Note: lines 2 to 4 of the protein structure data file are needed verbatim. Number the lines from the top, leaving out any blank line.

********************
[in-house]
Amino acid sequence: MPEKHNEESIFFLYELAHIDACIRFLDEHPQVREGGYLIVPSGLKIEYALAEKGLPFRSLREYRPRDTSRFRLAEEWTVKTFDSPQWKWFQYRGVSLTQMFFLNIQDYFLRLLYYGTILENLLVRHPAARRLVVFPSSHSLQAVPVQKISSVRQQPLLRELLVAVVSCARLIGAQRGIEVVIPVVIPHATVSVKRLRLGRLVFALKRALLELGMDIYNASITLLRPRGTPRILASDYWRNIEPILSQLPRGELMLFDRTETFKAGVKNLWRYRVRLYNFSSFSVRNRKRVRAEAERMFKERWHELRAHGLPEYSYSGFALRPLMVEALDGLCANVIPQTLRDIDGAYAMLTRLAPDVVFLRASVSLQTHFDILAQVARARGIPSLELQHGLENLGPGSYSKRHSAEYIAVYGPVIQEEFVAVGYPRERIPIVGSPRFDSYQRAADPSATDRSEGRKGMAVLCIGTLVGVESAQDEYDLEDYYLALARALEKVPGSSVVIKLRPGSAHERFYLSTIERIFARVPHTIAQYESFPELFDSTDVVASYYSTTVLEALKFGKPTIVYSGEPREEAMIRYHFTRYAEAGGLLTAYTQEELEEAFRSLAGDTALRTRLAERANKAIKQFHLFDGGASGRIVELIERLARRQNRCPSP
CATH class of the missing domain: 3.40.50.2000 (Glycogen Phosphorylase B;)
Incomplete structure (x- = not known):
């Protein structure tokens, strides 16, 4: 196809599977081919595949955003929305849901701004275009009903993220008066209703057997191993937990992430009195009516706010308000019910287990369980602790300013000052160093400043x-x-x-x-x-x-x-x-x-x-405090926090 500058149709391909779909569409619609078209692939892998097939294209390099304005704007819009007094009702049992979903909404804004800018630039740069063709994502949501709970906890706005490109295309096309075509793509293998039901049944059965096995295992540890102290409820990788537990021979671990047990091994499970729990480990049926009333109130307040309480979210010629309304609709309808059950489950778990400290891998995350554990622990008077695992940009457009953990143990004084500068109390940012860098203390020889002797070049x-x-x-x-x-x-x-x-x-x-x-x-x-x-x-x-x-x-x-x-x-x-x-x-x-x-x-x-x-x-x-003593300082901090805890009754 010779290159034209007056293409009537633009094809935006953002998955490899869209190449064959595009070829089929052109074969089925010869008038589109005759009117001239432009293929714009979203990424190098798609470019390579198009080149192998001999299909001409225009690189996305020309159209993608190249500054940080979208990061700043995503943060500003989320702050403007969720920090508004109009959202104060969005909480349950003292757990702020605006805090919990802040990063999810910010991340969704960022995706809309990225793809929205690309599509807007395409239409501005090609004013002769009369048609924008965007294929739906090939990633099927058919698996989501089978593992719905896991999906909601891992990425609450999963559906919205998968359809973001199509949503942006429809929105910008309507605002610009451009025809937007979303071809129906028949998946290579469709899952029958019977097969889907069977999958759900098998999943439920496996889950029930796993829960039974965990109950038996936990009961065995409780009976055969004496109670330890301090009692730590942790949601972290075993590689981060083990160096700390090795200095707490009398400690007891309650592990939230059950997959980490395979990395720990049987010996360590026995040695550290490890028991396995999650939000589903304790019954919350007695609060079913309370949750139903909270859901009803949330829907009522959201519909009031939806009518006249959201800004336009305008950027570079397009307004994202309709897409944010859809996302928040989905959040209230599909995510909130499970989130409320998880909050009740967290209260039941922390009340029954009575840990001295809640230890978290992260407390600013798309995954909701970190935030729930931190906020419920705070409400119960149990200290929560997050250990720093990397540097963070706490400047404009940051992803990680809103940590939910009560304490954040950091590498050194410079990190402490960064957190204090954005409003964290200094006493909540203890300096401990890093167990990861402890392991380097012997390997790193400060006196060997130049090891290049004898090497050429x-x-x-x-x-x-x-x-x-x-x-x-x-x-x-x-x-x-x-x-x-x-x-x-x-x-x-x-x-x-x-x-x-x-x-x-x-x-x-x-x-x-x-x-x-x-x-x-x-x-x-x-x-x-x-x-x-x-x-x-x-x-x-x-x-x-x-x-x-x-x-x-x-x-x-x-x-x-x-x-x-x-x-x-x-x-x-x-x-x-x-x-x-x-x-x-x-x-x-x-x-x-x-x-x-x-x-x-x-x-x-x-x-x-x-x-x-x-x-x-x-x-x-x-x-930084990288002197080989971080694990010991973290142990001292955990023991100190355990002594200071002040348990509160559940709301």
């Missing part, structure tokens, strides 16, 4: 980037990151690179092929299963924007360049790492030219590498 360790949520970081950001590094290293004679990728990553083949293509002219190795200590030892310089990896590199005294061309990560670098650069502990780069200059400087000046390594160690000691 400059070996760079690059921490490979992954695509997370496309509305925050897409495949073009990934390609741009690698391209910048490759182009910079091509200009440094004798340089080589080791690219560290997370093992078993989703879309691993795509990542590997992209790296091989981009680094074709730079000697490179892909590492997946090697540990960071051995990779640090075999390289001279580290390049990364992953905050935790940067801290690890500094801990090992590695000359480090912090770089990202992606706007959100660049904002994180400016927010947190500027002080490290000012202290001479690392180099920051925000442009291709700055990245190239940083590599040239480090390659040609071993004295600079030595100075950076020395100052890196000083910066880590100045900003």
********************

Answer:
Amino acid sequence: MPEKHNEESIFFLYELAHIDACIRFLDEHPQVREGGYLIVPSGLKIEYALAEKGLPFRSLREYRPRDTSRFRLAEEWTVKTFDSPQWKWFQYRGVSLTQMFFLNIQDYFLRLLYYGTILENLLVRHPAARRLVVFPSSHSLQAVPVQKISSVRQQPLLRELLVAVVSCARLIGAQRGIEVVIPVVIPHATVSVKRLRLGRLVFALKRALLELGMDIYNASITLLRPRGTPRILASDYWRNIEPILSQLPRGELMLFDRTETFKAGVKNLWRYRVRLYNFSSFSVRNRKRVRAEAERMFKERWHELRAHGLPEYSYSGFALRPLMVEALDGLCANVIPQTLRDIDGAYAMLTRLAPDVVFLRASVSLQTHFDILAQVARARGIPSLELQHGLENLGPGSYSKRHSAEYIAVYGPVIQEEFVAVGYPRERIPIVGSPRFDSYQRAADPSATDRSEGRKGMAVLCIGTLVGVESAQDEYDLEDYYLALARALEKVPGSSVVIKLRPGSAHERFYLSTIERIFARVPHTIAQYESFPELFDSTDVVASYYSTTVLEALKFGKPTIVYSGEPREEAMIRYHFTRYAEAGGLLTAYTQEELEEAFRSLAGDTALRTRLAERANKAIKQFHLFDGGASGRIVELIERLARRQNRCPSP
CATH class of the missing domain: 3.40.50.2000 (Glycogen Phosphorylase B;)
Incomplete structure (x- = not known):